Sleeping With a CPAP Machine for Sleep Apnea

With sleep apnea, your breathing stops and starts while sleeping. But a CPAP machine can help.

Sleep can do many things. Beyond decreasing your undereye circles, sleep helps improves your physical and mental health and helps you live a long, healthy life. 

So, if you have restless or disturbed sleep patterns due to sleep apnea, you could be damaging your health in more ways than just waking up groggy. Sleep apnea is a serious condition where your breathing stops and starts while sleeping. 

If you have sleep apnea, Health spoke to David Rapoport, MD, director of the sleep medicine research program at Mount Sinai, to find out what you should know about using a continuous positive airway pressure (CPAP) machine.

What Is Sleep Apena?

Sleep apnea is a disorder that causes abnormal breathing patterns while sleeping. Common symptoms include:

  • Gasping or snoring while sleeping
  • Waking up during the night
  • Waking up tired the next morning

Additionally, there are three primary types of sleep apnea, which include:

  • Obstructive sleep apnea: This is the most common type of sleep apnea. The airway is blocked, and airflow is stopped or reduced.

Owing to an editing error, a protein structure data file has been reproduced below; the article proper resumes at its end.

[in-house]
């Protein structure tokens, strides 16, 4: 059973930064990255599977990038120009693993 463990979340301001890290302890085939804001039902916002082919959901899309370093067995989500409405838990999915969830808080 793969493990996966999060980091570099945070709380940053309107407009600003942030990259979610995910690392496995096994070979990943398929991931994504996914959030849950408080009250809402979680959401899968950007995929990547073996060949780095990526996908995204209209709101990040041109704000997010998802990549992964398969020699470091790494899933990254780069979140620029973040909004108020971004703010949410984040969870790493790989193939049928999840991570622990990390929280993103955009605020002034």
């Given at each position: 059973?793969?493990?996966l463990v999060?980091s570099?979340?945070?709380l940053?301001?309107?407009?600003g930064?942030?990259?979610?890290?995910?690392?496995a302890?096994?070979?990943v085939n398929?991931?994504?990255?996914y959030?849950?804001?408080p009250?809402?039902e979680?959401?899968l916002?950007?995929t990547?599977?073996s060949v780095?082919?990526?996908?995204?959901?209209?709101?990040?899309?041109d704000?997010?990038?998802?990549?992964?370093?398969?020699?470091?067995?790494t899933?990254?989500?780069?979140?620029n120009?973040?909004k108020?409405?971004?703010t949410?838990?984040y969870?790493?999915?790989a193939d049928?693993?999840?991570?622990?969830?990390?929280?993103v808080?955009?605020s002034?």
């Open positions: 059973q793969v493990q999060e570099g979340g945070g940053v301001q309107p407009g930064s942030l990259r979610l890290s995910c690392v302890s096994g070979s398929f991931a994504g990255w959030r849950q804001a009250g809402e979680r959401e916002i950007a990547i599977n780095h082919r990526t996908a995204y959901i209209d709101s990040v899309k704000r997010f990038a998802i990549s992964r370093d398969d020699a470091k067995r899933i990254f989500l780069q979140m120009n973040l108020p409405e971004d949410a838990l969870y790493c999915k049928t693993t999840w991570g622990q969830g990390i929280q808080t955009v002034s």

• Central sleep apnea: This is a disruption in the signals from your brain to your breathing muscles.
  • Complex syndrome: This involves both obstructive and central sleep apnea.

Risk factors that raise your risk of sleep apnea include being overweight and having heart or kidney disease, a genetic disability, or large tonsils. Healthcare providers usually diagnose sleep apnea using a sleep study and by measuring your oxygen blood levels.

Should You Use a CPAP Machine Every Night?

Some evidence suggests that obstructive sleep apnea returns when you remove your CPAP mask. While you may be able to get away with one or two nights without the machine, the symptoms will eventually come back. So, if you don't wear the mask, you will have sleep apnea episodes.

What Lifestyle Changes Help Sleep Apnea?

There is no cure for sleep apnea. But people with sleep apnea can make lifestyle changes to decrease their symptoms. 

Losing Weight

Some evidence suggests that sleep apnea is associated with a person's weight. Losing weight may reduce sleep apnea symptoms in overweight people, especially those with mild cases of sleep apnea. In some cases, the symptoms may completely disappear.

But reducing sleep apnea symptoms is not necessarily about returning to healthy body weight. You may notice significant improvements in your symptoms after losing some weight. While complete improvement is rare, losing weight may be worth trying.

Sleeping On Your Side